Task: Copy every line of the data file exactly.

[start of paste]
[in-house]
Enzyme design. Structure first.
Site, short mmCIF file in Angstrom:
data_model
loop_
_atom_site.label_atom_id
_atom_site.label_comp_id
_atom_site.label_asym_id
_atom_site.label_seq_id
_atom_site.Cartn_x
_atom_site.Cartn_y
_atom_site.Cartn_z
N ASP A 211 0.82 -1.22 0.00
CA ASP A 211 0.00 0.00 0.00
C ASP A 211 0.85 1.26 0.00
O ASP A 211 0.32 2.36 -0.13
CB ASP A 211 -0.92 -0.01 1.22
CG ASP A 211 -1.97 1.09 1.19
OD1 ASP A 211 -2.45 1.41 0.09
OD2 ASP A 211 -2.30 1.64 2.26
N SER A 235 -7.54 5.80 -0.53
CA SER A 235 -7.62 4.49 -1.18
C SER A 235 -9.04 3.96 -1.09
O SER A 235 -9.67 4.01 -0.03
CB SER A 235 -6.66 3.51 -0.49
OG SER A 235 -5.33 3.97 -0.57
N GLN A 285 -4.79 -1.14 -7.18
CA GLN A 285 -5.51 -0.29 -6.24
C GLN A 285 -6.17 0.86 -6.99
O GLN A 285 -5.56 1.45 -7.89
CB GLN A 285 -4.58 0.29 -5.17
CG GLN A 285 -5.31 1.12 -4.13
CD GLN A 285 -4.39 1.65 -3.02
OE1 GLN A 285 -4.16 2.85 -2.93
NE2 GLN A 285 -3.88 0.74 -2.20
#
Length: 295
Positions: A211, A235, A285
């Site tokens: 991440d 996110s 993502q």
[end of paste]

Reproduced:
[in-house]
Enzyme design. Structure first.
Site, short mmCIF file in Angstrom:
data_model
loop_
_atom_site.label_atom_id
_atom_site.label_comp_id
_atom_site.label_asym_id
_atom_site.label_seq_id
_atom_site.Cartn_x
_atom_site.Cartn_y
_atom_site.Cartn_z
N ASP A 211 0.82 -1.22 0.00
CA ASP A 211 0.00 0.00 0.00
C ASP A 211 0.85 1.26 0.00
O ASP A 211 0.32 2.36 -0.13
CB ASP A 211 -0.92 -0.01 1.22
CG ASP A 211 -1.97 1.09 1.19
OD1 ASP A 211 -2.45 1.41 0.09
OD2 ASP A 211 -2.30 1.64 2.26
N SER A 235 -7.54 5.80 -0.53
CA SER A 235 -7.62 4.49 -1.18
C SER A 235 -9.04 3.96 -1.09
O SER A 235 -9.67 4.01 -0.03
CB SER A 235 -6.66 3.51 -0.49
OG SER A 235 -5.33 3.97 -0.57
N GLN A 285 -4.79 -1.14 -7.18
CA GLN A 285 -5.51 -0.29 -6.24
C GLN A 285 -6.17 0.86 -6.99
O GLN A 285 -5.56 1.45 -7.89
CB GLN A 285 -4.58 0.29 -5.17
CG GLN A 285 -5.31 1.12 -4.13
CD GLN A 285 -4.39 1.65 -3.02
OE1 GLN A 285 -4.16 2.85 -2.93
NE2 GLN A 285 -3.88 0.74 -2.20
#
Length: 295
Positions: A211, A235, A285
């Site tokens: 991440d 996110s 993502q």